The UW Foundation and COE Development have been gracious and provided a way for you to help support our students and lab.

Karsten & Louise Solheim Additive Manufacturing Fund
The Solheim Rapid Additive Manufacturing Lab supports continuing efforts to explore materials and concepts associated with 3D printing. The lab operates across departments, including: engineering, art, DXArts, architecture, industrial design and recently radiology/medicine. Products from the lab have been displayed in the Kline Art Museum  and DHUB Barcelona, in addition to rapid prototyping for various projects. These efforts were kick off with the “Printed Pot” article written by Profs Mark Ganter and Duane Storti and published in Ceramics Monthly.

Make a Donation to Mark Ganter

Make a Donation to Duane Storti

Thanks for helping us spread the information…

24 Comments on Help Support Us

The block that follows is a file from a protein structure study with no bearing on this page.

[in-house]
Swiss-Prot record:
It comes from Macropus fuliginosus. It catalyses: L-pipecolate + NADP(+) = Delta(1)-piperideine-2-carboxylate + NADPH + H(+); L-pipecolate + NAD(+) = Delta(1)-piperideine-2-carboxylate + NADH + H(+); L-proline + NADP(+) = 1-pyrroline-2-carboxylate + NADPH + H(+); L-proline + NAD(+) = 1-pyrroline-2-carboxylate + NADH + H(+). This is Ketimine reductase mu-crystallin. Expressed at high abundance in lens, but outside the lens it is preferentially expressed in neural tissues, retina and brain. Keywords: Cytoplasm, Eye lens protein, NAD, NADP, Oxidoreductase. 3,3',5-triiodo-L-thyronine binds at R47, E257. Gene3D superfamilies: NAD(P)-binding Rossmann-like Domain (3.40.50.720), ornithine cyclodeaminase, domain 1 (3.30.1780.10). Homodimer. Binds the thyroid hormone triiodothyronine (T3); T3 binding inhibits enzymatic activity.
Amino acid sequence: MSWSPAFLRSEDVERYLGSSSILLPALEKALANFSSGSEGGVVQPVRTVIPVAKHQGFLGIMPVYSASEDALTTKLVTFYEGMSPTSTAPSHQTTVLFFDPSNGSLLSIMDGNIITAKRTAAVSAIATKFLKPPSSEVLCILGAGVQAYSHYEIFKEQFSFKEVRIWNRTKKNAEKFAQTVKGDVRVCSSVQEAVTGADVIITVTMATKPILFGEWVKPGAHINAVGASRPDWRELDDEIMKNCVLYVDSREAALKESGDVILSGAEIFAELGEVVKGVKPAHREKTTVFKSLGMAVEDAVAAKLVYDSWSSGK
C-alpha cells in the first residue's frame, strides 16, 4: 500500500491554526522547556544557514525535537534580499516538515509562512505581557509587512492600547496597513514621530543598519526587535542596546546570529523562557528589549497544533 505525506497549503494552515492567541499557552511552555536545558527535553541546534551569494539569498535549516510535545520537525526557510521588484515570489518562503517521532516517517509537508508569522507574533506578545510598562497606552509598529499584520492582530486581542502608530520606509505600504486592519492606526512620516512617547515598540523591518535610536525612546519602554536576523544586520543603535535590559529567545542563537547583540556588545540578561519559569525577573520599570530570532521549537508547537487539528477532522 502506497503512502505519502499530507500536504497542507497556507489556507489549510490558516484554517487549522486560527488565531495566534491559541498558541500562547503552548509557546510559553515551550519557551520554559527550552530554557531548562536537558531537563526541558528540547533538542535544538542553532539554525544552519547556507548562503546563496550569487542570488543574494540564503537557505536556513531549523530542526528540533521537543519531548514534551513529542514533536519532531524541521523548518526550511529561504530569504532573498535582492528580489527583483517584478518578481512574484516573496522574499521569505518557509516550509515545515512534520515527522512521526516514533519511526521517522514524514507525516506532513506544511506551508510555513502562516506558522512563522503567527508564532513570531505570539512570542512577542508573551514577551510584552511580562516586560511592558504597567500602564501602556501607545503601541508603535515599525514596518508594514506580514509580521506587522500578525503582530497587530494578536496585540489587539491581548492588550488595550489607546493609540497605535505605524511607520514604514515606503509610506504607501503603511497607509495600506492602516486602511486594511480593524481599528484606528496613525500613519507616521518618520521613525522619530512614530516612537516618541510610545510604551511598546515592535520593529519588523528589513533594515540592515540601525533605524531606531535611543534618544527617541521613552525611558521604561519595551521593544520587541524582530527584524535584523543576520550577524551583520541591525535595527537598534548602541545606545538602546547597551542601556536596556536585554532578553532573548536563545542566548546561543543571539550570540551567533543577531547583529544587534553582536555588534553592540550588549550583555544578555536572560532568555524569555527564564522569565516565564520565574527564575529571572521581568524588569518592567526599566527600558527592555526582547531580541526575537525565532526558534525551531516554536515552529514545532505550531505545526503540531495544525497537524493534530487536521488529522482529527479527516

1. Zack Kielich says:

    Hi there!
    Your site here has inspired me with so much cool stuff, that I want to look into trying this out. I’m fairly certain that I wouldn’t be able to afford one, but what type of printer have you tested out the glass printing on? I want to search around Los Angeles and see if there are any opportunities to try this out! Thanks!

    • ganter says:

      Zack, There are basically two vendors for 3DP hardware: ZCorp and Exone/Prometal. You should be able to
      use equipment from either group. If you look oninternet auction sites, there is quite often used equipment
      available. We have been using Z400 class machines, Z300 and Z310 class machines (all monochrome) with
      good luck. Also, the Exone/Prometal RD1 hardware is VERY flexible and we used it for a research project
      involving dental ceramics.

      Please keep us posted on your progress.

  2. Tim says:

    has anyone looked into printing directly into graphite powder? and if so would it be strong enough to use in an EDM (electronic discharge machine)?